Whether we drive an electric car or a fuel-powered car, the tires and brakes that our cars employ emit pollution. It’s a given that tires eventually wear out and must be replaced. This is because friction releases microscopic particles as tires wear down on the pavement. Sadly, tiny particles are the leading cause of environmental problems. 

Emissions Analytics says tire emissions maybe 1,000 times worse than exhaust emissions. Numerous carcinogens, including dibenzopyrenes, are found in tires. Aquatic life may be harmed by these particles when they contaminate water bodies. We are also in danger when they pollute the air we breathe.

5. Brake Emissions

When it comes to brake emissions, things are comparable. The brake pads that line your braking discs wear down with each use of the brakes on your car, releasing particles. The Air Quality Expert Group determined that brake emissions account for a worrisome 20% of roadside traffic pollution in the atmosphere, posing a significant environmental risk.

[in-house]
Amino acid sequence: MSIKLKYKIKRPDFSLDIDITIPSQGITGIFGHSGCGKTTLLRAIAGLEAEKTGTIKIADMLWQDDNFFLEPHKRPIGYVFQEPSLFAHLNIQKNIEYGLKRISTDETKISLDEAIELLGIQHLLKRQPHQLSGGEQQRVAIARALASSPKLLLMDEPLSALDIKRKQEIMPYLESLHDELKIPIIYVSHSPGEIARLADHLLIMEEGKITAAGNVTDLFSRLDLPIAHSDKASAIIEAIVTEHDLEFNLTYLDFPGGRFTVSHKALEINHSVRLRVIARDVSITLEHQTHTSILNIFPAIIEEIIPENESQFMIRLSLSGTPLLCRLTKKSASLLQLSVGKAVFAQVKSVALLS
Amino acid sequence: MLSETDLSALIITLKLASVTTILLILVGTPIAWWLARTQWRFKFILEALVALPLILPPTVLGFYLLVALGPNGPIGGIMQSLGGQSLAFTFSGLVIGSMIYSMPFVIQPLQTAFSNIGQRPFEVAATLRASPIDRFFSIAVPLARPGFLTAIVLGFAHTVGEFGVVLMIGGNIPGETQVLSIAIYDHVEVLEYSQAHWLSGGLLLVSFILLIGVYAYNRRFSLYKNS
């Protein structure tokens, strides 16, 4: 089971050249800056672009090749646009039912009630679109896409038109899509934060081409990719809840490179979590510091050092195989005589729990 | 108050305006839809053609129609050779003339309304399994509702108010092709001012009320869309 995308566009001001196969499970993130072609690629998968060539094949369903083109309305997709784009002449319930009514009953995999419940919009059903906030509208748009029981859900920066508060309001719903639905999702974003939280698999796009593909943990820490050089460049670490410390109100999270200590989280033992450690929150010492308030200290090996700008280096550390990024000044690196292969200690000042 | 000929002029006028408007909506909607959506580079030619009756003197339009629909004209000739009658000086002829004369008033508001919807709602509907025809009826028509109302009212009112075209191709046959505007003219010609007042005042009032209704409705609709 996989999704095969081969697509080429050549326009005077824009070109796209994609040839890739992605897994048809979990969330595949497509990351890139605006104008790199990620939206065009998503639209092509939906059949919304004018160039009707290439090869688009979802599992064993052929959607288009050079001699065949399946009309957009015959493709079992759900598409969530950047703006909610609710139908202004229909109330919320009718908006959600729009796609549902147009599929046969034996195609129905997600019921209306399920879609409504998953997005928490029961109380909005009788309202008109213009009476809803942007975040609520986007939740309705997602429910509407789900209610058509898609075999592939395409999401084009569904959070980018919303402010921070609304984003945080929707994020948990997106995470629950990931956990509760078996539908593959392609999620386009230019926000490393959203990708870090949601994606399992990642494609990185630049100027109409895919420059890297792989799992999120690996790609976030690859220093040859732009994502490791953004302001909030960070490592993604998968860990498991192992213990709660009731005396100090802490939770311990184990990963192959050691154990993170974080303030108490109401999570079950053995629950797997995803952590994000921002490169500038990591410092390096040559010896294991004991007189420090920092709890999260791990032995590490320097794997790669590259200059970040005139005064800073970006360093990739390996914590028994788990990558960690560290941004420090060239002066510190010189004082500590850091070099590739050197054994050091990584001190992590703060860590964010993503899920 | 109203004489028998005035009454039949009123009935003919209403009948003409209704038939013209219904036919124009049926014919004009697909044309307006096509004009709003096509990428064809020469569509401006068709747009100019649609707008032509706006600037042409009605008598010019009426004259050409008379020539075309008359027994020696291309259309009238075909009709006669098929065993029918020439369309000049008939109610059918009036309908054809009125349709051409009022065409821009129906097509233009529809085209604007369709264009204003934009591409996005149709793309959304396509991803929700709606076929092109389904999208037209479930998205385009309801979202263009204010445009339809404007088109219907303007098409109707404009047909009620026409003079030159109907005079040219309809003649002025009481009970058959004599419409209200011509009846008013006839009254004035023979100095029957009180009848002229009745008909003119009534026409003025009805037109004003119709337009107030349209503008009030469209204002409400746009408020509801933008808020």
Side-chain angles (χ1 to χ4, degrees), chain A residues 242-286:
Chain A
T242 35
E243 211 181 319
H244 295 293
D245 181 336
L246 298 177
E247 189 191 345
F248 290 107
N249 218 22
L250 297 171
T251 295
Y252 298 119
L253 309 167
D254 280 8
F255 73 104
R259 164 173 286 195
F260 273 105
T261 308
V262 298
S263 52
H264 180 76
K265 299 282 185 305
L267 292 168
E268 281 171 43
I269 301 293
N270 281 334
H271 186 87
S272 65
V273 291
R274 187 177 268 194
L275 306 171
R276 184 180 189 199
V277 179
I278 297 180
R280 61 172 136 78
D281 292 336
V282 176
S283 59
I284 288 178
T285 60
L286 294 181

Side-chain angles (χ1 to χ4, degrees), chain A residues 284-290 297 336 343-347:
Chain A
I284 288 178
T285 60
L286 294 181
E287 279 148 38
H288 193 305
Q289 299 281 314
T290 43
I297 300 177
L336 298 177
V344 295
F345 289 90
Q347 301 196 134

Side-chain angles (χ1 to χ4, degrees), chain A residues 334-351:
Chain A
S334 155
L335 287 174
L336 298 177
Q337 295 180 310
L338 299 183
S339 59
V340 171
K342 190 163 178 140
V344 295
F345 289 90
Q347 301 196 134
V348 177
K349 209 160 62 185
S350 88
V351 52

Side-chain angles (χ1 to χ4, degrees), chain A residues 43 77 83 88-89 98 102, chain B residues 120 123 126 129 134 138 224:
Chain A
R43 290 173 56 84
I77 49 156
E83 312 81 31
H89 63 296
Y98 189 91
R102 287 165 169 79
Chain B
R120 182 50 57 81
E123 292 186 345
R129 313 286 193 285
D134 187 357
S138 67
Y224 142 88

The battery packs in electric vehicles (EVs) generally make them heavier. However, by lowering the need for friction brakes, their regenerative braking systems can aid in extending the life of conventional brake components. Compared to traditional cars, this may lead to lower emissions caused by the brakes.

6. Power Production

Fueled by gasoline, autos emit significantly more greenhouse gases than electric vehicles. They may not emit any pollution from their tailpipes, but the way the energy needed to charge them is generated is a problem. We’re not just talking about horsepower or immediate torque values here.